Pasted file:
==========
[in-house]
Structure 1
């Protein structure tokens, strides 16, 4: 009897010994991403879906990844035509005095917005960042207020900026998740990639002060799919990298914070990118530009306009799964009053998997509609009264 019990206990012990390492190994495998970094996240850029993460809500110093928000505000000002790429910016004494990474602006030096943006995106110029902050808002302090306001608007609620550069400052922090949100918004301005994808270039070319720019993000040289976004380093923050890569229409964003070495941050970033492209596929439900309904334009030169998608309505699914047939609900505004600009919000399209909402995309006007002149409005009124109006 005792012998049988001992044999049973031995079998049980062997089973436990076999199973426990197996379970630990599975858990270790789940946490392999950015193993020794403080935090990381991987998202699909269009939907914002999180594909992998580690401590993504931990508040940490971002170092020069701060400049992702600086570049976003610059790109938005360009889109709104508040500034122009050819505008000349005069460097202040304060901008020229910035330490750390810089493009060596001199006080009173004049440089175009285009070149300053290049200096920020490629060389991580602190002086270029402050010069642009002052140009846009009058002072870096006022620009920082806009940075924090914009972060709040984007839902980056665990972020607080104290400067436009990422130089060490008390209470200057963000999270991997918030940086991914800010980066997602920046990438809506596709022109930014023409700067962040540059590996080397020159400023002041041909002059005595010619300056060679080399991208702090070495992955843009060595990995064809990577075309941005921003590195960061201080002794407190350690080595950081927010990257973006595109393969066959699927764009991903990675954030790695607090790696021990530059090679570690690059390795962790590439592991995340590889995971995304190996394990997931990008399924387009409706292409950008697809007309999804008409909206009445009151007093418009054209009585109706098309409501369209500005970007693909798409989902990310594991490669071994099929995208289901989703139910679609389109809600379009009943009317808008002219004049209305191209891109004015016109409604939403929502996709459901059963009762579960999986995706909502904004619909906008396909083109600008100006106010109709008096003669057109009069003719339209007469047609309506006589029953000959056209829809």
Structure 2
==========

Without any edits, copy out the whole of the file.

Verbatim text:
[in-house]
Structure 1
């Protein structure tokens, strides 16, 4: 009897010994991403879906990844035509005095917005960042207020900026998740990639002060799919990298914070990118530009306009799964009053998997509609009264 019990206990012990390492190994495998970094996240850029993460809500110093928000505000000002790429910016004494990474602006030096943006995106110029902050808002302090306001608007609620550069400052922090949100918004301005994808270039070319720019993000040289976004380093923050890569229409964003070495941050970033492209596929439900309904334009030169998608309505699914047939609900505004600009919000399209909402995309006007002149409005009124109006 005792012998049988001992044999049973031995079998049980062997089973436990076999199973426990197996379970630990599975858990270790789940946490392999950015193993020794403080935090990381991987998202699909269009939907914002999180594909992998580690401590993504931990508040940490971002170092020069701060400049992702600086570049976003610059790109938005360009889109709104508040500034122009050819505008000349005069460097202040304060901008020229910035330490750390810089493009060596001199006080009173004049440089175009285009070149300053290049200096920020490629060389991580602190002086270029402050010069642009002052140009846009009058002072870096006022620009920082806009940075924090914009972060709040984007839902980056665990972020607080104290400067436009990422130089060490008390209470200057963000999270991997918030940086991914800010980066997602920046990438809506596709022109930014023409700067962040540059590996080397020159400023002041041909002059005595010619300056060679080399991208702090070495992955843009060595990995064809990577075309941005921003590195960061201080002794407190350690080595950081927010990257973006595109393969066959699927764009991903990675954030790695607090790696021990530059090679570690690059390795962790590439592991995340590889995971995304190996394990997931990008399924387009409706292409950008697809007309999804008409909206009445009151007093418009054209009585109706098309409501369209500005970007693909798409989902990310594991490669071994099929995208289901989703139910679609389109809600379009009943009317808008002219004049209305191209891109004015016109409604939403929502996709459901059963009762579960999986995706909502904004619909906008396909083109600008100006106010109709008096003669057109009069003719339209007469047609309506006589029953000959056209829809």
Structure 2